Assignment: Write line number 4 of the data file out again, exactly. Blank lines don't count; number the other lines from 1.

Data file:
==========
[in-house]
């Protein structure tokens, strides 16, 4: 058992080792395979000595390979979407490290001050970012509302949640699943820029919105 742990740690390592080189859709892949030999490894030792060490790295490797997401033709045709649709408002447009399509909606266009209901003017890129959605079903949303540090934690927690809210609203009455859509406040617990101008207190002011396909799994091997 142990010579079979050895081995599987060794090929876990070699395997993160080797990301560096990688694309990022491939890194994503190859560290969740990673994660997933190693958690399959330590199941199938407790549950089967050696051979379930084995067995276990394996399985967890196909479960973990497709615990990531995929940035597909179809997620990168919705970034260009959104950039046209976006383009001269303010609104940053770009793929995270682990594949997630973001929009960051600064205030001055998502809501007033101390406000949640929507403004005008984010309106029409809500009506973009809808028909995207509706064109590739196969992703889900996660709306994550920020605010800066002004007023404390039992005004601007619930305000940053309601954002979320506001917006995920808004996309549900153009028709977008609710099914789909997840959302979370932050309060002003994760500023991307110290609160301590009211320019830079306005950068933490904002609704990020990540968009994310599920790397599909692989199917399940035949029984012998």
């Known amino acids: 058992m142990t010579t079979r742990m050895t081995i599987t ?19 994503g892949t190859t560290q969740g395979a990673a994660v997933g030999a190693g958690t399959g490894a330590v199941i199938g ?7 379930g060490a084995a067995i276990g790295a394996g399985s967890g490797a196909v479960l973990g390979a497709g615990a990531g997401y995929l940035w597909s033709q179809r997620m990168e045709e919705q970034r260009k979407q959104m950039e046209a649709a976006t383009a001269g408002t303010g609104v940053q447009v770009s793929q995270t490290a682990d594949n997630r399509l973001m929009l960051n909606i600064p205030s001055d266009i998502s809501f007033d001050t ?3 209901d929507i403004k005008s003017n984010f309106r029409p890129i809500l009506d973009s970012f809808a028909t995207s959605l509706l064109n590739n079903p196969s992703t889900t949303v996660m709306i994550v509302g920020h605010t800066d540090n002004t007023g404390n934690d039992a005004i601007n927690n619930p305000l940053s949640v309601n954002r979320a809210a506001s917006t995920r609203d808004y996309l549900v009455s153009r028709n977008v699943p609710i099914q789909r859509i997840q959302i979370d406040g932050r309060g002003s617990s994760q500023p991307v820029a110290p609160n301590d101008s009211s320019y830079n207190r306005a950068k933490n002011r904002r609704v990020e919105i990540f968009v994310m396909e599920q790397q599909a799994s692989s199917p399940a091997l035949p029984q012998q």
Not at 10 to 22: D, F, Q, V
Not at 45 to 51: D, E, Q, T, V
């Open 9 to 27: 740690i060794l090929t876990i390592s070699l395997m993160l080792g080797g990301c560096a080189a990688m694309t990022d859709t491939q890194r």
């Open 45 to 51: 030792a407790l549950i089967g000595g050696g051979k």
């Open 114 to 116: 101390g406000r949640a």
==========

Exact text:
Not at 10 to 22: D, F, Q, V